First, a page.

A lion hunted with others. When it came time to divide the spoils the lion killed those who attempted to divide thing evenly. The fox learned and lived.
Happy is the man who learns from the misfortunes of others.
The Lion went once a-hunting along with the Fox, the Jackal, and the Wolf. They hunted and they hunted till at last they surprised a Stag, and soon took its life. Then came the question how the spoil should be divided. “Quarter me this Stag,” roared the Lion; so the other animals skinned it and cut it into four parts. Then the Lion took his stand in front of the carcass and pronounced judgment: The first quarter is for me in my capacity as King of Beasts; the second is mine as arbiter; another share comes to me for my part in the chase; and as for the fourth quarter, well, as for that, I should like to see which of you will dare to lay a paw upon it.”
“Humph,” grumbled the Fox as he walked away with his tail between his legs; but he spoke in a low growl “You may share the labours of the great, but you will not share the spoil.”
Aesop For Children
A Lion, an Ass, and a Fox were hunting in company, and caught a large quantity of game. The Ass was asked to divide the spoil. This he did very fairly, giving each an equal share.
The Fox was well satisfied, but the Lion flew into a great rage over it, and with one stroke of his huge paw, he added the Ass to the pile of slain.
Then he turned to the Fox.
“You divide it,” he roared angrily.
The Fox wasted no time in talking. He quickly piled all the game into one great heap. From this he took a very small portion for himself, such undesirable bits as the horns and hoofs of a mountain goat, and the end of an ox tail.
The Lion now recovered his good humor entirely.
“Who taught you to divide so fairly?” he asked pleasantly.
“I learned a lesson from the Ass,” replied the Fox, carefully edging away.
Learn from the misfortunes of others.
The lion, the Fox and the Ass entered into an agreement to assist each other in the chase. Having secured a large booty, the Lion on their return from the forest asked the Ass to allot his due portion to each of the three partners in the treaty. The Ass carefully divided the spoil into three equal shares and modestly requested the two others to make the first choice. The Lion, bursting out into a great rage, devoured the Ass. Then he requested the Fox to do him the favor to make a division. The Fox accumulated all that they had killed into one large heap and left to himself the smallest possible morsel. The Lion said, “Who has taught you, my very excellent fellow, the art of division? You are perfect to a fraction.” He replied, “I learned it from the Ass, by witnessing his fate.”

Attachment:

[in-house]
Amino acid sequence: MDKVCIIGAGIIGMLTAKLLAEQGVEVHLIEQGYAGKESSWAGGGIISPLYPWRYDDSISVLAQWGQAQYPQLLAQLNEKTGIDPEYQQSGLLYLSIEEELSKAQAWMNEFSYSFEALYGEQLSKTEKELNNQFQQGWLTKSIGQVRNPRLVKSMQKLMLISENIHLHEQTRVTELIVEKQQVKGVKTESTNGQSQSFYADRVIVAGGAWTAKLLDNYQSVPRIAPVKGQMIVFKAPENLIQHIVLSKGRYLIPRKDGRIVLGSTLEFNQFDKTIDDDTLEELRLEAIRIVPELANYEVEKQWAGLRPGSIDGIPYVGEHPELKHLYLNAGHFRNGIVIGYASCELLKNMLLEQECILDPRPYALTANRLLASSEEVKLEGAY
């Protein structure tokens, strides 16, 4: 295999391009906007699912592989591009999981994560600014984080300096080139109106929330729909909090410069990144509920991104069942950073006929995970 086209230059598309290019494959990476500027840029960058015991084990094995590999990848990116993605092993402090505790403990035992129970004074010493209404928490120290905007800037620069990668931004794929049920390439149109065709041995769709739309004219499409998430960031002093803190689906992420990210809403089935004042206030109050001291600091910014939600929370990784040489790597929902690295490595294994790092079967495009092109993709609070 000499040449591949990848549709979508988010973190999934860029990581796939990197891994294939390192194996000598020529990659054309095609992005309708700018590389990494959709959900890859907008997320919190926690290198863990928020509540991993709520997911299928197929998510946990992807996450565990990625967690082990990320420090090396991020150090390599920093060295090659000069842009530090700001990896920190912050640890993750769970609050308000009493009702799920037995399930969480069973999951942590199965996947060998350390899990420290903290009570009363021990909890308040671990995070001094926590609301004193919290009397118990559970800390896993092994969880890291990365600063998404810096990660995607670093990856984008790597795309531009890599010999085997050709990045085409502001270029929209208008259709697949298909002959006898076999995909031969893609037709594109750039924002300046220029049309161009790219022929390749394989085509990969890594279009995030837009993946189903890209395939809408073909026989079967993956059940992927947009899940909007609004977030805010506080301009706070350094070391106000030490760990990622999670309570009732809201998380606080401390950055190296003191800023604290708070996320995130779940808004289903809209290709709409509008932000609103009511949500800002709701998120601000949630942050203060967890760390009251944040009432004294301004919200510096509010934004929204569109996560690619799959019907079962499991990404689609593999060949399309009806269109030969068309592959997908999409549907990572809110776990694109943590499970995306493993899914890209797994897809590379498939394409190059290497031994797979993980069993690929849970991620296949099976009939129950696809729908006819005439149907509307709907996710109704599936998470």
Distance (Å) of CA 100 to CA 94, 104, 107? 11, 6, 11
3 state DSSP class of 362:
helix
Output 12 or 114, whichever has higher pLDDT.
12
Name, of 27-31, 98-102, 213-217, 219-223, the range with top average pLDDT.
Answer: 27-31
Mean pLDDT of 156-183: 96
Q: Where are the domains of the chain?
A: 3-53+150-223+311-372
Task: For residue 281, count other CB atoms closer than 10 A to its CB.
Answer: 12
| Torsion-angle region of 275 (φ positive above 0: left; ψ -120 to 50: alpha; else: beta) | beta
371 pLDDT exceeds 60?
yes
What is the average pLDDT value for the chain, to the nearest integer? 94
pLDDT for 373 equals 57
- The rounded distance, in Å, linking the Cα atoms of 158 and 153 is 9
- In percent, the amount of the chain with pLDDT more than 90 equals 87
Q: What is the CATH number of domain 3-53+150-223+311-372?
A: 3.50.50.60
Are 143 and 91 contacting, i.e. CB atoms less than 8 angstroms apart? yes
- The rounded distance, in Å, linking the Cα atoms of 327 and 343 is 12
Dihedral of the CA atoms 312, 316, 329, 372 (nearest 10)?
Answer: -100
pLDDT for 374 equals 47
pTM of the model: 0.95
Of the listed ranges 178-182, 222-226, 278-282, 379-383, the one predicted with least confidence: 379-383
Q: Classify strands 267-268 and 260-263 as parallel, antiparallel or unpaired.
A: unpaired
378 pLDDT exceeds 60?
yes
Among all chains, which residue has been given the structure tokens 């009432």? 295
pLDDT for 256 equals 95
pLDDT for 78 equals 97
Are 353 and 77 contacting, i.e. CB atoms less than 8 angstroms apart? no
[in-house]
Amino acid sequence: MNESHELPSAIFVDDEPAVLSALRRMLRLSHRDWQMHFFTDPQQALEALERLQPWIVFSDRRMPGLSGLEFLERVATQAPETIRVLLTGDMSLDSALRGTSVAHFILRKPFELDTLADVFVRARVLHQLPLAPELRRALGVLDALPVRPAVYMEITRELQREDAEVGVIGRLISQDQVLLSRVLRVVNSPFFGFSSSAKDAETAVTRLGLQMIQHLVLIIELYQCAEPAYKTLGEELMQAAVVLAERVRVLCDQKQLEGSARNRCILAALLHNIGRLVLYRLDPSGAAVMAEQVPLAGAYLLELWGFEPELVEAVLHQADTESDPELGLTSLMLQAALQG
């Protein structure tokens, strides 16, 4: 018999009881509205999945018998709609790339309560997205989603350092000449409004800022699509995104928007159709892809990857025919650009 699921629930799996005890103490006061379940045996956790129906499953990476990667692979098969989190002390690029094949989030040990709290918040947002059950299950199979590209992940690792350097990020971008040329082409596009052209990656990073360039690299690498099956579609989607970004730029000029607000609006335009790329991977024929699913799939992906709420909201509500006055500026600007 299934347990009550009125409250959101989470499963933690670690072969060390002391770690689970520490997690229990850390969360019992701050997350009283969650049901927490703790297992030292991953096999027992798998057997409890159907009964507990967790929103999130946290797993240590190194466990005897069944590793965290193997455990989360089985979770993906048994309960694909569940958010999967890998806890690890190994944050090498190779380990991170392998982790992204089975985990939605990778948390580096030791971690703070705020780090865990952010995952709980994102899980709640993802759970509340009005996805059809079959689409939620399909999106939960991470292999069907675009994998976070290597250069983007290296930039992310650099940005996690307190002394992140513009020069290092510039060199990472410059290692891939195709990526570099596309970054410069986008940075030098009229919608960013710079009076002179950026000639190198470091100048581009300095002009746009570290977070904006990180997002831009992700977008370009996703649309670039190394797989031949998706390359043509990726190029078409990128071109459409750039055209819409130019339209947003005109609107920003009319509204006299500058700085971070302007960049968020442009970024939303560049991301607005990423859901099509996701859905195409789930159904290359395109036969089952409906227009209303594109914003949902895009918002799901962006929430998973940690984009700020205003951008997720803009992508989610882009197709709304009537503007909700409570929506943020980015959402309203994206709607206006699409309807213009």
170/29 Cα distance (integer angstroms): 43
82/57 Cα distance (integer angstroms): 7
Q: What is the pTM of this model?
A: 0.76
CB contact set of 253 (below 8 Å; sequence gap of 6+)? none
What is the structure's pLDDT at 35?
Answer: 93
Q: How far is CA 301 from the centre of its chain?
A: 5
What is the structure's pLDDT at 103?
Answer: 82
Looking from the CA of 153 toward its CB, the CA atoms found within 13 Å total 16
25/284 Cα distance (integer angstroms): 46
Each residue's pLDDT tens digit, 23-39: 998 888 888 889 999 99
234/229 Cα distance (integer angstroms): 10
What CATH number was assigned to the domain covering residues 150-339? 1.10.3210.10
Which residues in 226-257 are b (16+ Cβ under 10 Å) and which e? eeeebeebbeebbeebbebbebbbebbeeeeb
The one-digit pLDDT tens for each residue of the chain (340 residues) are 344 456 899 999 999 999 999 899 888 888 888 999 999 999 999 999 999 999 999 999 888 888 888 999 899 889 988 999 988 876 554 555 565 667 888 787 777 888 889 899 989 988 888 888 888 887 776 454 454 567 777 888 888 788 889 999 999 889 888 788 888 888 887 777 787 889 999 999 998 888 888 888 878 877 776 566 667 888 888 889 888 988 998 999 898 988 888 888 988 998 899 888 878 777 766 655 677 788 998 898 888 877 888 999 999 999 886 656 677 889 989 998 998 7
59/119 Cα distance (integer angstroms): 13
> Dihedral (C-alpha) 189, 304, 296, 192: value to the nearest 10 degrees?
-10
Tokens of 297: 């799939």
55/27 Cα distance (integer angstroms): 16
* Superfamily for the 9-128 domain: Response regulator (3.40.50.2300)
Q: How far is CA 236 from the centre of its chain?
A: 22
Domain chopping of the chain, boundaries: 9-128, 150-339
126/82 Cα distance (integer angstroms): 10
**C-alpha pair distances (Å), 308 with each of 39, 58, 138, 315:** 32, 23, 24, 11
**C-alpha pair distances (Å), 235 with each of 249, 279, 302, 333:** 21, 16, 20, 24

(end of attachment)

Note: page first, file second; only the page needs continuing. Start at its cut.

Happy is the man who learns from the misfortunes of others.
Jefferys Taylor (The Beasts in Partnership)
THIS firm once existed, I’d have you to know,
Messrs. Lion, Wolf, Tiger, Fox, Leopard, and Co.;
These in business were join’d, and of course ’twas implied,
They their stocks should unite, and the profits divide.
Now the fable relates, it so happen’d one day,
That their efforts combined, made a bullock their prey;
But agreed that the Lion should make the division,
And patiently waited the monarch’s decision.
“My friends,” said the Lion, “I’ve parted, you see,
The whole into six, which is right, you’ll agree;
One part I may claim, as my share in the trade;”
“O take it and welcome,” they all of them said.
“I claim too the second; since no one denies
‘Twas my courage and conduct that gain’d you the prize:
And as for the third; that you know is a fine
To the lord of the manor, and therefore is mine.”
“Hey day!” said the fox; “Stop a bit,” said the lion;
“I have not quite done” said he, fixing his eye on
The other three parts; “you are fully aware,
That, as tribute, one other part comes to my share.”
“And, I think, ‘twould be prudent, the next to put by
Somewhere safe in my den for a future supply;
And the other, you know, will but barely suffice,